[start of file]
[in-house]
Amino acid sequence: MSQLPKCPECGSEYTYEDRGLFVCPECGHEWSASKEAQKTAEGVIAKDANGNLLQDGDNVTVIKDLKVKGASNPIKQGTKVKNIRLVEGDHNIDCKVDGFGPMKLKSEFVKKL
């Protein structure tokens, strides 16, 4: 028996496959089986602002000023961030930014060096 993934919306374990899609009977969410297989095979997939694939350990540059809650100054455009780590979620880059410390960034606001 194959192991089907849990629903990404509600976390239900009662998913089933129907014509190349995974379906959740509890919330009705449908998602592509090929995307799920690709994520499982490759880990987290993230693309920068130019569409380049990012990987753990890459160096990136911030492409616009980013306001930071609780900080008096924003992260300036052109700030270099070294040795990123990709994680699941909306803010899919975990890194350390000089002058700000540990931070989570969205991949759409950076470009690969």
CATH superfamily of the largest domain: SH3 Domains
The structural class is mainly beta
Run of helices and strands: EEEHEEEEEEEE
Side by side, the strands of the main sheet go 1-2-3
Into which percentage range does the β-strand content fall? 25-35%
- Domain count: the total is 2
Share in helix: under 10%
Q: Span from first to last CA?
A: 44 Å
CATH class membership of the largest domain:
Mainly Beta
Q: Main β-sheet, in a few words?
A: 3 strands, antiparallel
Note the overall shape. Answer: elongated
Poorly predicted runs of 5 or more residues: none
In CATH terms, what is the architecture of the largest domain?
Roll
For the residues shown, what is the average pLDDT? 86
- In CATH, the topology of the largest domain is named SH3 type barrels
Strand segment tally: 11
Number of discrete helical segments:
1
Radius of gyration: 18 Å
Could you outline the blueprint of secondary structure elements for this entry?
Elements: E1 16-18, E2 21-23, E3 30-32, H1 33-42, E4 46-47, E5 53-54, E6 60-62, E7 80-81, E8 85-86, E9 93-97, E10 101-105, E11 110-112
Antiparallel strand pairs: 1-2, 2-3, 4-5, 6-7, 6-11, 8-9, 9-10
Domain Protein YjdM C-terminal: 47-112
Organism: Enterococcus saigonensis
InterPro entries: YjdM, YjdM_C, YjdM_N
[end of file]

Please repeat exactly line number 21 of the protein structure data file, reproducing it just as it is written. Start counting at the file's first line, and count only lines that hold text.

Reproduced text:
For the residues shown, what is the average pLDDT? 86